Depicting a hummingbird in flight has always required a certain audacity, since no pencil or brush can really capture its appearance. At least it is clear that the bird’s body hangs vertically in the air and that each buzzing wing forms a half-circle around it: “a semicircular film on both sides,” in the words of Gosse. John Gould wrote that hummingbirds can perform every type of aerial movement with the greatest ease — climbing straight up in the air, flying backwards, spinning on their own axes, or dancing from one spot or part of a tree to another, rising one minute and sinking the next — “that they can fly above the tallest tree and then suddenly shoot down like a meteor.”
In the earliest pictures, the hummingbird’s stationary body is often framed by two semicircles illustrating the perceptible trembling of the air that results when the bird flies in place before a blossom to drink its nectar. But what seems like a simplification is actually quite close to the truth, because a photograph taken with a standard camera shows exactly the same thing.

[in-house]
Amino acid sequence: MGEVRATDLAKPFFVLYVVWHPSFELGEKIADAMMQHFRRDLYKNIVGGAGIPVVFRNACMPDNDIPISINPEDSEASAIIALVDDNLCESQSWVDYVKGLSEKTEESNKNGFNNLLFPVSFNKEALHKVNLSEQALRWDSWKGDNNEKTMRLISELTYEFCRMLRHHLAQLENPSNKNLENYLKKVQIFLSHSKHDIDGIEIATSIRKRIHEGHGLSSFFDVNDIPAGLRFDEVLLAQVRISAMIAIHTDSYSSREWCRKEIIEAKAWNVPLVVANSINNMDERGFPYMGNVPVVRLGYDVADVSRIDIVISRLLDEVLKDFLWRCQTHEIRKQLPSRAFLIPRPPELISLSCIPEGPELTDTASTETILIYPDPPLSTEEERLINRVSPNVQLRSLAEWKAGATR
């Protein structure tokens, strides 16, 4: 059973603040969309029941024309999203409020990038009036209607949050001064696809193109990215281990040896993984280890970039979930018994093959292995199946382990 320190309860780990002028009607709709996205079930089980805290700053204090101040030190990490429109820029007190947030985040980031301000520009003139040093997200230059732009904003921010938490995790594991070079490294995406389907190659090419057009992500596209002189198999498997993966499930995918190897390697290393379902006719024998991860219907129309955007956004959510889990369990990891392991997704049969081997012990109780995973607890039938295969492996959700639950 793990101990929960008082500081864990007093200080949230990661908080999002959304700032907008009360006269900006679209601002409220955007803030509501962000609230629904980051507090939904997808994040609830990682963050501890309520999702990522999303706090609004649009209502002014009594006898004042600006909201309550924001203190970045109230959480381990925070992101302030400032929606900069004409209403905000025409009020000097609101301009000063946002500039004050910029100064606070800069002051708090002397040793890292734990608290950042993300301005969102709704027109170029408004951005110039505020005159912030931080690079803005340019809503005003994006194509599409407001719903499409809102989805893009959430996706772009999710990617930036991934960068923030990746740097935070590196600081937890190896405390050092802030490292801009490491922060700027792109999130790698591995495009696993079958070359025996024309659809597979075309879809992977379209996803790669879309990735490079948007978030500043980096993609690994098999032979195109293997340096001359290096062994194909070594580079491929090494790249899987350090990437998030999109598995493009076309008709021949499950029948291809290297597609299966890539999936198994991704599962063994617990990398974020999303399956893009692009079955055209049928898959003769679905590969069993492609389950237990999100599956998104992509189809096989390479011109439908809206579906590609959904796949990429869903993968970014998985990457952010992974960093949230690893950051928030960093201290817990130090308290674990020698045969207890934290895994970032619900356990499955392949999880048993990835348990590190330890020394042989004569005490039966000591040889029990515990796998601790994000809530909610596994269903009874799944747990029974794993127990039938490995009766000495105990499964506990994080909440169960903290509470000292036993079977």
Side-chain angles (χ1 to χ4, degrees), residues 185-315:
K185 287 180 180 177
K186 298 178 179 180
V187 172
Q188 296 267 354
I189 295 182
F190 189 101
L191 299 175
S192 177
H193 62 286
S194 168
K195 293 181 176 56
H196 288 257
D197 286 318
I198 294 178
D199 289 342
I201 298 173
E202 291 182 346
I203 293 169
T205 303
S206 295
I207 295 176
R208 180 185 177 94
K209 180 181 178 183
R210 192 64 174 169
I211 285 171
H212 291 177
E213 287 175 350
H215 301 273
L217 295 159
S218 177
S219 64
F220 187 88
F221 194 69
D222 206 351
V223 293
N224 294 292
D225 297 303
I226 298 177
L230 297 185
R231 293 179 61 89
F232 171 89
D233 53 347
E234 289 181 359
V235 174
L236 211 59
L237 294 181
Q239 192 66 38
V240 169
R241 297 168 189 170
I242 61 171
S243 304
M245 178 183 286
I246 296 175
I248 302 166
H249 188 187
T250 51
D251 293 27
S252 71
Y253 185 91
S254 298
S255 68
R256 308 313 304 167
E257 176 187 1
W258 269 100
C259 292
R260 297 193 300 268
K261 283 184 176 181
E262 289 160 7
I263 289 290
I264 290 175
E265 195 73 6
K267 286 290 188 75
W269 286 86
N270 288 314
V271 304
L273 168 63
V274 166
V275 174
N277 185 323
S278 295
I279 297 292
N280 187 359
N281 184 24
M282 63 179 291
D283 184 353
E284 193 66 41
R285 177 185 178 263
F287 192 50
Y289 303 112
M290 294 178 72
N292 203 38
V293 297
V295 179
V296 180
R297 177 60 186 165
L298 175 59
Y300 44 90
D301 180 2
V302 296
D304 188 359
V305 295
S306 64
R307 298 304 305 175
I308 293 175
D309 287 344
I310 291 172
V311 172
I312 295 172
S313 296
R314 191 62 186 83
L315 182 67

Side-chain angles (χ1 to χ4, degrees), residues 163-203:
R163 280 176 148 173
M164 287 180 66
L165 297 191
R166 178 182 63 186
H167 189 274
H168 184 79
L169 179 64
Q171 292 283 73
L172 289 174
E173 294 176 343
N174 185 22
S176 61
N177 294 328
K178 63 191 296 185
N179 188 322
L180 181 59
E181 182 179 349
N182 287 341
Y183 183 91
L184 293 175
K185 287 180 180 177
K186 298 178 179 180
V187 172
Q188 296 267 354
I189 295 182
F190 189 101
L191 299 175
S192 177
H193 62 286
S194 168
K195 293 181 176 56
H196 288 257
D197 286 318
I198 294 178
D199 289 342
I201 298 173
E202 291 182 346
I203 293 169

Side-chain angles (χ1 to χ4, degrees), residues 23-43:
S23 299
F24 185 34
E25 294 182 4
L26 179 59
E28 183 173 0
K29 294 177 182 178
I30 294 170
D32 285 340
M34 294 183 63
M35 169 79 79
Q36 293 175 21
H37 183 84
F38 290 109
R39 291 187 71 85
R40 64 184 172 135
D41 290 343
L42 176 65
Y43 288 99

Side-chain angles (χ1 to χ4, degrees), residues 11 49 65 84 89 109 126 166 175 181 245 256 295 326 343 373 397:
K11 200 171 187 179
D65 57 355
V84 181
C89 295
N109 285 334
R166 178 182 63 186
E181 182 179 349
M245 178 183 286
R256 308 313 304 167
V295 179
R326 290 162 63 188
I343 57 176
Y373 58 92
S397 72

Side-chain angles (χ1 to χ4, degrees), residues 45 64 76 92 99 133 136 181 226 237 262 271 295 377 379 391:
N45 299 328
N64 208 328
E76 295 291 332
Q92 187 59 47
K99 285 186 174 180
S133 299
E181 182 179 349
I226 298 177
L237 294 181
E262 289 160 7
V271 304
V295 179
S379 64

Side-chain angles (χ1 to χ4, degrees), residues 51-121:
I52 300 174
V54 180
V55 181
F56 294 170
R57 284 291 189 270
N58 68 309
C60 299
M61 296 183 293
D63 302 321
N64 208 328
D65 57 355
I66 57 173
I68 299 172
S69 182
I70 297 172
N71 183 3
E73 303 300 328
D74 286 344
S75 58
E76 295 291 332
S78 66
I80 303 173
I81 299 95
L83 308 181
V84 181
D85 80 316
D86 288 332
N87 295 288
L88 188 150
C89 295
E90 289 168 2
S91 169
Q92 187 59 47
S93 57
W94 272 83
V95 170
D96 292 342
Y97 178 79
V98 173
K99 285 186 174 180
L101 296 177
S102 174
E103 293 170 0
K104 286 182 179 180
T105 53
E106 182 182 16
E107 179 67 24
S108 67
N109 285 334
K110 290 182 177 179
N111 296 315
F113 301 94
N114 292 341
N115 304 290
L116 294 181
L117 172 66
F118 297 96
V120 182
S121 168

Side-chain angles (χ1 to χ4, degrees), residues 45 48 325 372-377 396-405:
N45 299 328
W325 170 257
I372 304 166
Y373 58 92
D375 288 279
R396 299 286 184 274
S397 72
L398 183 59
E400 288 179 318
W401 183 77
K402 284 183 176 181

The evolutionary pressure on hummingbirds to adapt to their unusual circumstances has greatly altered the shape of their wings. Most other birds are capable or flying in one direction only: forwards. To do so, they primarily flap their wings in a vertical rowing motion, with each downward motion providing both propulsion and lift. The act of lifting their wings, in which the wings are partly folded, is a mere counter movement to prepare for the next downward flap. But hummingbird flight is different. Since their wings are so tiny — even though they are not particularly small in relation to their bodies — both movements must contribute to keeping the bird aloft. Its primary feathers are very stiff; a hard, robust quill is a prerequisite for vibrating flight. When flying forward, the birds keep their wings stretched completely straight, turning the tips back slightly only on the upward motion. The decisive difference is only evident during hovering — a hummingbird specialty that demands the greatest changes in flight technique and wing structure.